Making metadata in DITA work for you
Metadata is one of the most important factors in making the most of your DITA XML-based content environment. Whether you’re converting legacy content into DITA or creating new structured content, it’s important to know what metadata (or data about data) your files will keep track of and why. Coming up with a plan for using metadata can be tricky, so here are some tips to make the process easier.
Using metadata to track content
Metadata can be a powerful aid in organizing your content. It can help speed up your production workflow by allowing you to find all content by a certain author or all content that needs to be reviewed. It can help with distribution by filtering content according to intended audience or location. It can also make content searches easier for both internal and external users. Because metadata exists at both the topic level and the element level, it offers lots of flexibility in content filtering and search.
Before you begin converting or authoring content, think about what metadata you’ll need to track in your content and why. You may need to distinguish between different types of content (informational, instructional, legal), different audiences (internal, external), or different products. Depending on the type and volume of content you create, your metadata needs may be very specific and complex. Making a list of required metadata and how you plan to use it will make it easier to implement your new structured content workflow.
Learn as much as you can about the DITA standard and what it offers when it comes to metadata. In DITA, you will have certain metadata attributes and elements available by default:
- and many others
To determine how well the DITA standard metadata supports your needs, compare it with your metadata requirements and see if you can find an existing attribute or element that matches each item on your list. You may have some requirements with close but not exact matches, or others that are too specific to your company for a match. In that case, you may want to consider metadata specialization.
Specializing metadata attributes and elements can help you organize and filter your content in ways that are tailored to your company’s unique needs. You may need to capture much more information about your product than the DITA standard metadata allows. You may also need to filter content in a hierarchical or multi-faceted way – for example, distributing content to certain locations, and within those locations, only to employees with certain job titles. DITA allows you to specialize metadata elements to include multiple values, which makes this kind of filtering possible.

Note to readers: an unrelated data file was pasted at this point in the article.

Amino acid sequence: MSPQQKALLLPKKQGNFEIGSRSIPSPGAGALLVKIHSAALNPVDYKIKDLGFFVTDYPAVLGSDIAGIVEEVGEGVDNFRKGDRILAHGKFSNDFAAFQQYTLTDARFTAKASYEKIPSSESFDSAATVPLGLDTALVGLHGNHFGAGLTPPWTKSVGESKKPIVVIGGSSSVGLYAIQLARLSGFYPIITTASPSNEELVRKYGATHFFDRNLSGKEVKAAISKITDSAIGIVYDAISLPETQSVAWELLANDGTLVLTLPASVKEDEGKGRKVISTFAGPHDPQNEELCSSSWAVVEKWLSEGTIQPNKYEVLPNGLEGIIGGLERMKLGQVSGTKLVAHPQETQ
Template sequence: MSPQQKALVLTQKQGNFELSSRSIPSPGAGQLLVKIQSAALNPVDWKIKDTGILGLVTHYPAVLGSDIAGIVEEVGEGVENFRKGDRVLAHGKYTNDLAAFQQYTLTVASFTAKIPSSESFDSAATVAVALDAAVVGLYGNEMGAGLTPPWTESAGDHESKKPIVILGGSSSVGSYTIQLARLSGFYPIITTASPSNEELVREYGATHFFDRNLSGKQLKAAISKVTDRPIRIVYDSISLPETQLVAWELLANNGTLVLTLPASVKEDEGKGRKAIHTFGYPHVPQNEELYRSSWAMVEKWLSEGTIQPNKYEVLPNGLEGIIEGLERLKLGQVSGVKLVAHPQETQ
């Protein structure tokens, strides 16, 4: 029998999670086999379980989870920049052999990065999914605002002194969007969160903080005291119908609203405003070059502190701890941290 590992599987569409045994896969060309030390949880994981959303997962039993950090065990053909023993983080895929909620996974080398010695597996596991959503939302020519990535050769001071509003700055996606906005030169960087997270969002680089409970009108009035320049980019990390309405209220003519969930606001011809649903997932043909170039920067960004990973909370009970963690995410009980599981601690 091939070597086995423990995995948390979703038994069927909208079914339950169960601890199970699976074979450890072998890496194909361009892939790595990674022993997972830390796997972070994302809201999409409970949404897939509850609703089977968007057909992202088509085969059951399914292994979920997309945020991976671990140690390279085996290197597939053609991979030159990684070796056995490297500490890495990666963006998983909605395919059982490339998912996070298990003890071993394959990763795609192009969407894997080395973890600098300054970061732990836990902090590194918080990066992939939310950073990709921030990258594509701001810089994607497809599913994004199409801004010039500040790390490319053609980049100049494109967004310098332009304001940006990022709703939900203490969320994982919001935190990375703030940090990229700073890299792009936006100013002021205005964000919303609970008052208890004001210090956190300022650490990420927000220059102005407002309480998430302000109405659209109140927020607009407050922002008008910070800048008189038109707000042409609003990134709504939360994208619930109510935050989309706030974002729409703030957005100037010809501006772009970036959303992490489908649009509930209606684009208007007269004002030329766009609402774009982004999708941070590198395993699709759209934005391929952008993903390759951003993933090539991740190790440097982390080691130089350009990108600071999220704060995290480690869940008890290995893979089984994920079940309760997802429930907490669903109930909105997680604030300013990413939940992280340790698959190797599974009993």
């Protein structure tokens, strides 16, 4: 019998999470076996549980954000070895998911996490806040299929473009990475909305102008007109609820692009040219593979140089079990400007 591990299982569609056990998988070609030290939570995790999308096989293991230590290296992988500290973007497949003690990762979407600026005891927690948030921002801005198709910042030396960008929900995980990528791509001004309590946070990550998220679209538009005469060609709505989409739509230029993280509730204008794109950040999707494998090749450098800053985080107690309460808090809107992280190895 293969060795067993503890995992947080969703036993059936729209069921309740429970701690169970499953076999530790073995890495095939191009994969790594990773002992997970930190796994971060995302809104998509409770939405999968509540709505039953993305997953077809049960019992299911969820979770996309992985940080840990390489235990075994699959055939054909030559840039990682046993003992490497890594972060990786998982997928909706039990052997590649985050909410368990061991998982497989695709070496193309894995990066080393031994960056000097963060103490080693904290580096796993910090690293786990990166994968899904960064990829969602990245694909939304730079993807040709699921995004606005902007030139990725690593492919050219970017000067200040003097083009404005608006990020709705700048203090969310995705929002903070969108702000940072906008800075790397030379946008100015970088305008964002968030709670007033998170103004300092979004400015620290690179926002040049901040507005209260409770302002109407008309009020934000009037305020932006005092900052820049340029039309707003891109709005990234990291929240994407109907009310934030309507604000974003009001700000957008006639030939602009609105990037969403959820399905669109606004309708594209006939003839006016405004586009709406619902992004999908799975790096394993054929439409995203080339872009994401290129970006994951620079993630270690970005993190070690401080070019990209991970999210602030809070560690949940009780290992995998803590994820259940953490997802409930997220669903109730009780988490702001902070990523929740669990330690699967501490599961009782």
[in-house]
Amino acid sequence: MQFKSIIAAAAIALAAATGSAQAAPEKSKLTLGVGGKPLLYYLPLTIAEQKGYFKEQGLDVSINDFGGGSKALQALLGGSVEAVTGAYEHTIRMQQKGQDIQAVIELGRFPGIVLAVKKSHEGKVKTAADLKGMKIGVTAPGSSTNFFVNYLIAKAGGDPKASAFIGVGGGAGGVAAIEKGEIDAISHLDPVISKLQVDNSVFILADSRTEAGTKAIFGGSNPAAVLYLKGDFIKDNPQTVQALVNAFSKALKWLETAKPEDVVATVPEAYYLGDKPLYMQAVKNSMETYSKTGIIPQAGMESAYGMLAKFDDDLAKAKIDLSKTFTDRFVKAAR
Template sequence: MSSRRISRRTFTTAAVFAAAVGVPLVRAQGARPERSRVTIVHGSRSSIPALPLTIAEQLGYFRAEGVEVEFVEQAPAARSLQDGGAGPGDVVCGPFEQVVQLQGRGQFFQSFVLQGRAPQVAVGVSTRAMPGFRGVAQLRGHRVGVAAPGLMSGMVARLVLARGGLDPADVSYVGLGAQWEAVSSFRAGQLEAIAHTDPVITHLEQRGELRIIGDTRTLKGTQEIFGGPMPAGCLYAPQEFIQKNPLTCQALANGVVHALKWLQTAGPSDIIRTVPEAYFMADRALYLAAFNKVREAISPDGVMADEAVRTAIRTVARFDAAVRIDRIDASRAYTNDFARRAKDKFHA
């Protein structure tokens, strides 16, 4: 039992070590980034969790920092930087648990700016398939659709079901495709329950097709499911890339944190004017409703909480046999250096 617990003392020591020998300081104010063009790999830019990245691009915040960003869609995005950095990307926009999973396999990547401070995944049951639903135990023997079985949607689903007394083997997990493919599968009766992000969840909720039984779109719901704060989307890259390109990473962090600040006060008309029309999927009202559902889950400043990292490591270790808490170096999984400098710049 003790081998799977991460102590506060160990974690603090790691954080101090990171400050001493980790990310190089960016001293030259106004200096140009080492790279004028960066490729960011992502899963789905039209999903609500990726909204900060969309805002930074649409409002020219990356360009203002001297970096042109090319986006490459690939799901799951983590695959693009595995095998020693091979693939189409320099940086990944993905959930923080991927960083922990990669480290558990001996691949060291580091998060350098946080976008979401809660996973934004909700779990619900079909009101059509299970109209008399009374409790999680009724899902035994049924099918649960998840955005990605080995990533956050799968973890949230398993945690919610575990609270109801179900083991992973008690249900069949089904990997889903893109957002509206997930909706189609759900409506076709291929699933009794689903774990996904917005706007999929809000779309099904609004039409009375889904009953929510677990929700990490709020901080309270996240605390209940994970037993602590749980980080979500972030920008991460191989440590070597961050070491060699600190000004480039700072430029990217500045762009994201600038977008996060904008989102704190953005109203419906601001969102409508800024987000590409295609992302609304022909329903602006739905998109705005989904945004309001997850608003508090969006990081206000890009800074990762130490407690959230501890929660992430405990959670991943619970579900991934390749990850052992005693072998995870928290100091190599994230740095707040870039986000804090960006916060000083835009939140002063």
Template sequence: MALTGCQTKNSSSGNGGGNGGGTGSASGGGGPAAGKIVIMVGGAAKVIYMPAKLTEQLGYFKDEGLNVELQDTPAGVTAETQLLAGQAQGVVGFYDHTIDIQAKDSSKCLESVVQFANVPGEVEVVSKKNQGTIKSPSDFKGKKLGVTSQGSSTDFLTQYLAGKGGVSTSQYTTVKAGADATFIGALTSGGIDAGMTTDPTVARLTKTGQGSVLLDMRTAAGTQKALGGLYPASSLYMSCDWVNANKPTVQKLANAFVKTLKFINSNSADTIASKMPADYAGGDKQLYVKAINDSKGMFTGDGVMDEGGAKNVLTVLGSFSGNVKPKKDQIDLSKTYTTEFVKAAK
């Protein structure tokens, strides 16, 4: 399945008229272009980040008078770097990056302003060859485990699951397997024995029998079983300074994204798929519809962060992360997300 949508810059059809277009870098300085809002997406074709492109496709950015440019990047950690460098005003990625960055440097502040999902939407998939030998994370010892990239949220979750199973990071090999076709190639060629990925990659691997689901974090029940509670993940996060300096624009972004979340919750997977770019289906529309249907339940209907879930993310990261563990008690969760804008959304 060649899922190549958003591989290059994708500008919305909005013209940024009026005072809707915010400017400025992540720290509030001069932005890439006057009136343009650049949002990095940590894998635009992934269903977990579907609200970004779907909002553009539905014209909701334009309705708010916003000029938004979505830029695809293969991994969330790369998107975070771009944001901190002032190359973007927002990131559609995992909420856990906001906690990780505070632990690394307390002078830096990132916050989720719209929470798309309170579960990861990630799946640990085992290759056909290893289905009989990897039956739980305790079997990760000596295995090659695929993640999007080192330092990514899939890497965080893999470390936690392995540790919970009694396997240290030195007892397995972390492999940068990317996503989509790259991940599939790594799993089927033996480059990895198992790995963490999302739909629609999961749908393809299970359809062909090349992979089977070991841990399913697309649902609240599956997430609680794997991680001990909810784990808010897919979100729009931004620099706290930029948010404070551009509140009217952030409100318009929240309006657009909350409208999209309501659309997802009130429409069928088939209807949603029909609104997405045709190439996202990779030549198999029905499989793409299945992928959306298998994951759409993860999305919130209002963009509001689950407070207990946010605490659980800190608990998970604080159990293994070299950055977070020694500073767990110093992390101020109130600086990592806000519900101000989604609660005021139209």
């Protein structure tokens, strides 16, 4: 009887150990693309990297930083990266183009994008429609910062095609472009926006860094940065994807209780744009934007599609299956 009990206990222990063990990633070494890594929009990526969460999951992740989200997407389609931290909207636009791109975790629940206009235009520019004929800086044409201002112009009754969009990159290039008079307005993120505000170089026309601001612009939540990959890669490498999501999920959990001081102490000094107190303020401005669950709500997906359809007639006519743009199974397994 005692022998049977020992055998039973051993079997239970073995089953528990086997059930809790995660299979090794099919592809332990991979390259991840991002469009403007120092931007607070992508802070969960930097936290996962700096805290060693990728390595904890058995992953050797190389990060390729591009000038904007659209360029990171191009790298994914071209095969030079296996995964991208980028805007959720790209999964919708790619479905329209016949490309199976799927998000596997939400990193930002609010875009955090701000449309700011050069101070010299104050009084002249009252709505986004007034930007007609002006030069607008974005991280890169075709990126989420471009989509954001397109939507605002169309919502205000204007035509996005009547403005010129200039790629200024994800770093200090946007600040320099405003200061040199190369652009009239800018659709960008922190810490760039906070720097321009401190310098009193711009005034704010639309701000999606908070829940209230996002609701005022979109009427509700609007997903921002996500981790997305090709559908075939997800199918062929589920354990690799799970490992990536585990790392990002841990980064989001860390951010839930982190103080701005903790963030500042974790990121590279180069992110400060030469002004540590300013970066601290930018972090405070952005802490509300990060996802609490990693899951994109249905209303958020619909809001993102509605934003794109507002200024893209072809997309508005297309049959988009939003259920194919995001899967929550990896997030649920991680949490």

Although specialization can be highly useful, it can also present challenges to implementation. If you do specialize, be sure to choose a content management system and other tools that can support your changes to the standard metadata attributes and elements. It’s always better to stick to the standard and only specialize if you absolutely must—that way, you’ll be able to choose from a wider selection of tools that will support your content.
A component content management system (or CCMS) can use metadata to enhance your content development workflow. A CCMS may be equipped to filter on metadata, which helps authors and reviewers find the content they need and tells the publication engines what output to produce. It may also connect with an authoring tool to populate certain metadata values automatically, such as author or status, when a content creator logs into the system.
When you evaluate CCMS options, you should not only ask whether each CCMS you’re considering supports your metadata needs, but also how it manages metadata. How does the CCMS use the metadata in your content to help with workflow? How flexible is the CCMS if you start with standard metadata now but need to specialize it later? What happens to metadata that is created and managed by the CMS if you ever need to move your content into a different system? Having a solid plan in place for metadata use before you choose a CCMS and other tools will help you ask the right questions and make the best decision.
Thanks, Gretyl, for a good, informative summary. In saying “it’s important to know what metadata…your files will keep track of and why,” I think you might be glossing over the essential first step: developing a taxonomy. Without a taxonomy in mind, it impossible to figure out how best to use the CCMS, the standard DITA metadata, and (as a last resort) specialization. That said, do you know of a good how-to resource for developing taxonomies? (Besides “call Scriptorium.” 😉 )
Thank you for your comment, Larry. I agree that developing a taxonomy is an essential first step, but that would be a whole other post unto itself. (Perhaps as a follow-up to this one…)
Although we’re used to seeing all sorts of metadata, we rarely use it to our benefit other than by sorting a list of files. Using Windows 7, you could, for example, easily return a list of all graphics that you’ve ever uploaded to your computer that were taken with a specific lens length, no matter where they are stored.